Hong Kong (literally ‘fragrant harbor’) has a rich history of human activity dating back more than 10,000 years according to some archaeological estimates. Following its incorporation into the Chinese Empire during the Qin Dynasty (221 BC – 206 BC), Hong Kong’s population began to grow more rapidly and some evidence suggests that the region was a hub for salt production during the period. The first population boom in Hong Kong resulted from the Mongol invasion of China and the associated wars and famines which saw a flood of refugees enter the territories.

During the Han and Ming Dynasties (1368 – 1644) Hong Kong became a center for pearl hunting, salt trading and fishing.  The development of these industries helped develop the region into a trading center and set the stage for the development of the Hong Kong economy in the centuries that followed.

The Colonial Era

During the 19th century a significant amount of trade developed between the British Empire and China which created a British dependance on Chinese tea and a large trade imbalance. The British began importing large amounts of opium into Hong Kong (and the mainland) prompting a series of events that led to the Opium Wars that ultimately resulted in the Treaty of Nanjing (among others) and the cession of Hong Kong to the United Kingdom.

Following the conclusion of the territorial settlements, Hong Kong began to develop on a divergent path from mainland China. Commerce and industry flourished under British rule with the large scale development of infrastructure and banking. Fundamental in the evolution of Hong Kong was the introduction of Western-style education which cemented English as one of the main languages of the region. The population continued rising  steadily to an estimated 725,000 in 1925.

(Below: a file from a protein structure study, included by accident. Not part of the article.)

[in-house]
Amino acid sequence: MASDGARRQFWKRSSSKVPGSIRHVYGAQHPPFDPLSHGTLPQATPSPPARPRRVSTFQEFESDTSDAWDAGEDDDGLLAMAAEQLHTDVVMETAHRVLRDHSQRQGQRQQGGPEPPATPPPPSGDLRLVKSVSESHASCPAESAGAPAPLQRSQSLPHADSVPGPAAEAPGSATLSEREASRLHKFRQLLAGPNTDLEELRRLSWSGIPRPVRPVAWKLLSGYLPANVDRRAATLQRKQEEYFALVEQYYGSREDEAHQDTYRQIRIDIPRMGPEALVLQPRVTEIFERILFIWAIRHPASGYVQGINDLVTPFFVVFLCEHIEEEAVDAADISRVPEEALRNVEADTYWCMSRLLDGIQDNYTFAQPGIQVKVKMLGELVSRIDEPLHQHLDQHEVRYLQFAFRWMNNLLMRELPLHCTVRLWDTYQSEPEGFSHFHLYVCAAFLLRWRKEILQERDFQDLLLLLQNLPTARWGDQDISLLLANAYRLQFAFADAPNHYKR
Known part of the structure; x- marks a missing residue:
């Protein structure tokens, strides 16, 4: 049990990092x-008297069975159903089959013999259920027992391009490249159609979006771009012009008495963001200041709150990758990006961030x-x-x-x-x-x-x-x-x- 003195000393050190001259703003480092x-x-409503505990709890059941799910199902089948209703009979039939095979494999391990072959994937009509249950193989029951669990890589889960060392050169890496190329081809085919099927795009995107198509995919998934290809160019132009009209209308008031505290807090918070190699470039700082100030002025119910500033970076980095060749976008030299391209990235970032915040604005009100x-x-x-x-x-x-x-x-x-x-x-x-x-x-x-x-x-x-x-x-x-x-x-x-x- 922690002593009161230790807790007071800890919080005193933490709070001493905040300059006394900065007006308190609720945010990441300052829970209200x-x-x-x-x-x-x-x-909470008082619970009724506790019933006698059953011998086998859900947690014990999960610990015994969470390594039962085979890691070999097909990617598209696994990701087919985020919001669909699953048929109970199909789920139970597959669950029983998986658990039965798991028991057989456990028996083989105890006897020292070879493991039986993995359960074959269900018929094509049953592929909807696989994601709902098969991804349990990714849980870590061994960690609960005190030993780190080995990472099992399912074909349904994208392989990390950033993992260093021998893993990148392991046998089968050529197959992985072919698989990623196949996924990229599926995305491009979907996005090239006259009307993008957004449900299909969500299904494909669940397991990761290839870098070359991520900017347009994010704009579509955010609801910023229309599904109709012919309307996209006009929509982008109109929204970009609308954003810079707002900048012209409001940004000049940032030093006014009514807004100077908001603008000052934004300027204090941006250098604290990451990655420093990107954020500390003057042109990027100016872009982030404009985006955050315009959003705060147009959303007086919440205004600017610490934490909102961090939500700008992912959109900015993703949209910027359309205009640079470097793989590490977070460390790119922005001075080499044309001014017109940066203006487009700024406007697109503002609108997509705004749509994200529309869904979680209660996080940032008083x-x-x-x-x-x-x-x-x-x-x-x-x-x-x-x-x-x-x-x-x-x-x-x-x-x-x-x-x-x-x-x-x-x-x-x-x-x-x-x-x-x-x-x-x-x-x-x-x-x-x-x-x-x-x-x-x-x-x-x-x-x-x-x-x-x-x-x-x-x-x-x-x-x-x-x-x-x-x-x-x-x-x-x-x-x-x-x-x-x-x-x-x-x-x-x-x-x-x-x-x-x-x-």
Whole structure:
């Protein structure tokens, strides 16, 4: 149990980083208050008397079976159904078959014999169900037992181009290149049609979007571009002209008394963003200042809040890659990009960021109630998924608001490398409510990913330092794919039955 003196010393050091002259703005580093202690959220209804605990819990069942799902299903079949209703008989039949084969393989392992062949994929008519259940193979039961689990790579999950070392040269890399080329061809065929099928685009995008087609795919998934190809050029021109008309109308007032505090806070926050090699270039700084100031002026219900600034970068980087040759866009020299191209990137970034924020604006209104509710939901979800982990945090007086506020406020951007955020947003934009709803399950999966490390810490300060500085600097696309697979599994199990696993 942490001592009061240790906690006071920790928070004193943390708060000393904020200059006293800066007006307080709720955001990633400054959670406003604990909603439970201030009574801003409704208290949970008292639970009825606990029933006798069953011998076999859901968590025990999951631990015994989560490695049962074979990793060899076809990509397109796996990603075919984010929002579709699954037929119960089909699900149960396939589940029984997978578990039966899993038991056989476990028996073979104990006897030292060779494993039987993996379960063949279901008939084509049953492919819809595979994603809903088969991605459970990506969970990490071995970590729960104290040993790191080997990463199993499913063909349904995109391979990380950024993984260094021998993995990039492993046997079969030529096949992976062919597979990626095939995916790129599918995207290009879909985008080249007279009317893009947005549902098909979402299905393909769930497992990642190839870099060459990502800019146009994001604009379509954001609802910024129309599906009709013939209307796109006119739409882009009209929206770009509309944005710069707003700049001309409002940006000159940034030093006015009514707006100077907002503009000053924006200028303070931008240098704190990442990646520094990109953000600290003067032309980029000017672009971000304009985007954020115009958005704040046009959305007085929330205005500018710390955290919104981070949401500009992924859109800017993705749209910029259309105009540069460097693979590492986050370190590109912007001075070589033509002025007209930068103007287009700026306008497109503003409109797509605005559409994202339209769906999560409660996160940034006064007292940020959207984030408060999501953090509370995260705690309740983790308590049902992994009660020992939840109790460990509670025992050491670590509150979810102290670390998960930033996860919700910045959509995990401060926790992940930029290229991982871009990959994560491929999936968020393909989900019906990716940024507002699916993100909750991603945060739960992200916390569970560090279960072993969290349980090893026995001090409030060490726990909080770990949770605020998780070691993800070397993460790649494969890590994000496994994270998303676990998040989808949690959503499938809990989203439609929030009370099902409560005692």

Japanese Occupation

Despite valiant efforts by local defense forces, Canadian, British, and Indian troops, Hong Kong was occupied by invading Japanese forces in Late 1941. British governor Mark Aitchison Young surrendered to the Japanese in person on what has become known as Black Christmas.  The days that followed saw the execution of dissidents and the rape of an estimated 10,000 women by the Japanese army. The subsequent 3 years and 8 months saw the economy come to a halt, and much of the population reduced to starvation rations. The Second Battle of Hong Kong liberated the city but the population had been reduced to an estimated 600,000 people from a pre-war total of 1.6 million.

Modern Hong Kong

Following the end of the Second World War civil war erupted in China sweeping the communists to power. Many thought that Hong Kong would be overrun as a result, however Hong Kong’s economic importance was recognized by Beijing and it remained under British rule. The war on the mainland brought a flood of refugees to Hong Kong bringing with them the cheap labor and capital necessary to fuel further rapid economic development. Local and foreign businesses developed large textile and financial industries and though there was unrest and riots during the 1950s and 60s, Hong Kong survived.

Starting in the late 1960s, Hong Kong’s government began enacting a series of social and labor reforms aimed at addressing the discontent expressed by the population. Public housing, education, healthcare, and recreation all saw improvements and the city continued to develop. By 1990, Hong Kong was the second richest region in Asia rivaled only by Japan in terms of GDP.

In 1997 Hong Kong was formally returned to the Chinese government. Though Britain was only legally required to return the New Territories and not Hong Kong or Kowloon, more than half of the city’s population lived in the New Territories making division of the city all but impossible. The return to Chinese rule saw the creation of a ‘Special Administrative Region’ (SAR) for Hong Kong and the retention of a great deal of autonomy for the city out side of foreign affairs and defense. And while the lead up to the hand over saw the emigration of 10s of thousands of concerned Hong Kong residents to other British Commonwealth countries such as Canada and Australia as well as the US, the actual transition was relatively smooth and one would be hard pressed to see the difference between Hong Kong today and the city of 1996.

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